ARTIST: Lynette Corby Nungurrayi c.1958 –
TITLE: Bush Nut
LANGUAGE/REGION: Luritja/Papunya, Yamunturrngu – NT
YEAR: 2012
DIMENSIONS: 149.0cm x 90.0cm
MEDIUM: synthetic polymer paints on Belgian linen
DTA CATALOGUE: #6702

DREAMINGS: Women Dreaming, Snake Dreaming, Witchetty Grub

Born in Haasts Bluff in 1958, Lynette Corby Nungurrayi began as a teacher in the Watiyawanu Community Mt Liebig, Northern Territory where she specialised in the written and spoken language of Luritja. Early in her art career, Lynette produced art with traditional iconography and realistic motifs of bush foods, implements and human figures. Her body of works show her creativity and versatility as an artist creating beautiful and mesmerising work expressed through multiple mediums ranging from acrylic on canvas, silk, linoleum, paper, screen printing and basket weavings. Her recent works have been an interplay between light and shade and harmonious use of colour subsequently generating a sense of depth to her canvasses. This unique and imaginative combination captivates the viewer through an optical illusion by fashioning a sense of multi-dimensional space attesting to Lynette’s artistic skills and versatility. Lynette’s imaginative flair will undoubtedly play a major role in the future development and widening appeal of Aboriginal Art.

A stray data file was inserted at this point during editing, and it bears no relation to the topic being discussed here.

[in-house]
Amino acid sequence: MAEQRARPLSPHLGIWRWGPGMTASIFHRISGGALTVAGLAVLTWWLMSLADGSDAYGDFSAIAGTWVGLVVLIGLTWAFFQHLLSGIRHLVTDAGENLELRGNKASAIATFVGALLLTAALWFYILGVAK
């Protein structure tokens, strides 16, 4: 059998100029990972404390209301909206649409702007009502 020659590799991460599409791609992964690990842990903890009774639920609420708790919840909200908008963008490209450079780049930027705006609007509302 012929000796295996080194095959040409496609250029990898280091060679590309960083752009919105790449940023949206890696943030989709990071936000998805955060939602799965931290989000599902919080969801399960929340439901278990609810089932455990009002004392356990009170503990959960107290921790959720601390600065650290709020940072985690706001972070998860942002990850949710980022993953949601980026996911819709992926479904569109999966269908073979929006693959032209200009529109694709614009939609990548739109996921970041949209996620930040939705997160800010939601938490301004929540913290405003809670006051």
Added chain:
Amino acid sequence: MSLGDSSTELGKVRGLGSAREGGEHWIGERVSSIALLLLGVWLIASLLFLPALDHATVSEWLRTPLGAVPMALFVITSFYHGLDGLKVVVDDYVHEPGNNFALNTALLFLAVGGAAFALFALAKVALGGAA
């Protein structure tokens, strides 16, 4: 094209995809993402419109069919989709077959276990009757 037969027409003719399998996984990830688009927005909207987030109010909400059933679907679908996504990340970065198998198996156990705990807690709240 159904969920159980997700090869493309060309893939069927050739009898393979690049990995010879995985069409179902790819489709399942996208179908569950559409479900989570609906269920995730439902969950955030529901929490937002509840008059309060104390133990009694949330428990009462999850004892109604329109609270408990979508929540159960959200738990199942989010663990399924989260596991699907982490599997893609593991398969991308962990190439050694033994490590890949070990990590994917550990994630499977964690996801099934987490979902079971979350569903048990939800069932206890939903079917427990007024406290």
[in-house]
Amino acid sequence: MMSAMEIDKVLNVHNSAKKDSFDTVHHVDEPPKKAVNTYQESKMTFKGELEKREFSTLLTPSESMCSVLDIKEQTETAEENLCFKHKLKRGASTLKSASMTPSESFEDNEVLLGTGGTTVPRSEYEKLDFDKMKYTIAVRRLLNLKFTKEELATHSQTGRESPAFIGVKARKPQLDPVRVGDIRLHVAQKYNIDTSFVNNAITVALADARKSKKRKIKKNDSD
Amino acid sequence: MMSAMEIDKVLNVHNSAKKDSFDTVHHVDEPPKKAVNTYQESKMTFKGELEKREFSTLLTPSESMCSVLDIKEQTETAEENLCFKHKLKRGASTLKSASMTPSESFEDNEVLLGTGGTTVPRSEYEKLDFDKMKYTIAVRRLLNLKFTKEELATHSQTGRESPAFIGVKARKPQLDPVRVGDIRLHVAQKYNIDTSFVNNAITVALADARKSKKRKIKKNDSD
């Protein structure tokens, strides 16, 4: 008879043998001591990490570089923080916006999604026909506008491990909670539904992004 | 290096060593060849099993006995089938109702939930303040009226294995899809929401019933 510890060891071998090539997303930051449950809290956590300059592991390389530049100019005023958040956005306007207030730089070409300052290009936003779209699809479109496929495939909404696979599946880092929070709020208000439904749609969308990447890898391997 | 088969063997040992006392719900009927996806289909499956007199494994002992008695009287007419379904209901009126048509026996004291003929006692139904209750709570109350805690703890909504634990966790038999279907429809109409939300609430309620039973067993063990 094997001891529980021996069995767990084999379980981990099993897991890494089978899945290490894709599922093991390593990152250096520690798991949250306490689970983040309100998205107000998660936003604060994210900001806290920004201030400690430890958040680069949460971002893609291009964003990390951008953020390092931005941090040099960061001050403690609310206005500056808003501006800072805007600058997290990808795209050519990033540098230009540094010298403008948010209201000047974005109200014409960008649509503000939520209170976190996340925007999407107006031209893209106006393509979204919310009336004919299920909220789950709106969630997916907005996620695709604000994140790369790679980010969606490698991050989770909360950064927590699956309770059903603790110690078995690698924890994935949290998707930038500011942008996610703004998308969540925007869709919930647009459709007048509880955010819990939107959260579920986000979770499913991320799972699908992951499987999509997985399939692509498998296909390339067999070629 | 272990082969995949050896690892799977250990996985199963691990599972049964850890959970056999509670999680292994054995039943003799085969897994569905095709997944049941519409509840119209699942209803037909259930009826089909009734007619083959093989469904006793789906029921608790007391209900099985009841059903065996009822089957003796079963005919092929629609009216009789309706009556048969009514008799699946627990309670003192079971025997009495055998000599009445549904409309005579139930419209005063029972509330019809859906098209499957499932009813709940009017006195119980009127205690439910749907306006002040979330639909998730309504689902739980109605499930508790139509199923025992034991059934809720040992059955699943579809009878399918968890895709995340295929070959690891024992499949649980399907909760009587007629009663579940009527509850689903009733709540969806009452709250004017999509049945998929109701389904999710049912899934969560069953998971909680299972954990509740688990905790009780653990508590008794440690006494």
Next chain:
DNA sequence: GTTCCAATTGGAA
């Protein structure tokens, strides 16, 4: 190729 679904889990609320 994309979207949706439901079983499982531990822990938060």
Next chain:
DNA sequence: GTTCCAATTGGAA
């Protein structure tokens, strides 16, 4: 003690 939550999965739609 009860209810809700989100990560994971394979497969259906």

Bush Foods (Bush Tucker)

Since time immemorial Aboriginal women have been the principal gatherers of bush foods ie; fruits, nuts, plants, edible roots and seeds. The role women play within community is considered as the other half of an indivisible whole. Through ceremony, songs, oral teachings and art, each woman learns their craft from another member of the family (commonly but not always) by another woman who is older. The passing of knowledge from female to female is known as ‘Women’s Business’ whereby men typically cannot participate in the ceremonies and sharing of the knowledge. Understanding and knowing about Bush Foods are a major part of the women’s responsibilities when existing within a community and the contribution of this knowledge allows for the whole existence as a community to thrive and survive. The knowledge and ability to locate foods within the desert is imperative to Aboriginal life. It serves as a means of survival and a way of ensuring Aboriginal existence contributing to human fertility and reproduction.

Read more about Indigenous Culture and Community

 

© Dreamtime Art 2018

 Please Note: This biography and Intellectual Property including Indigenous Cultural Intellectual Property belongs to Dreamtime Art, the artists/their estates and is subject to copyright. To protect these copyrights, no reproduction of any or all parts is allowed unless there is prior written permission and approval by Dreamtime Art.

 

 

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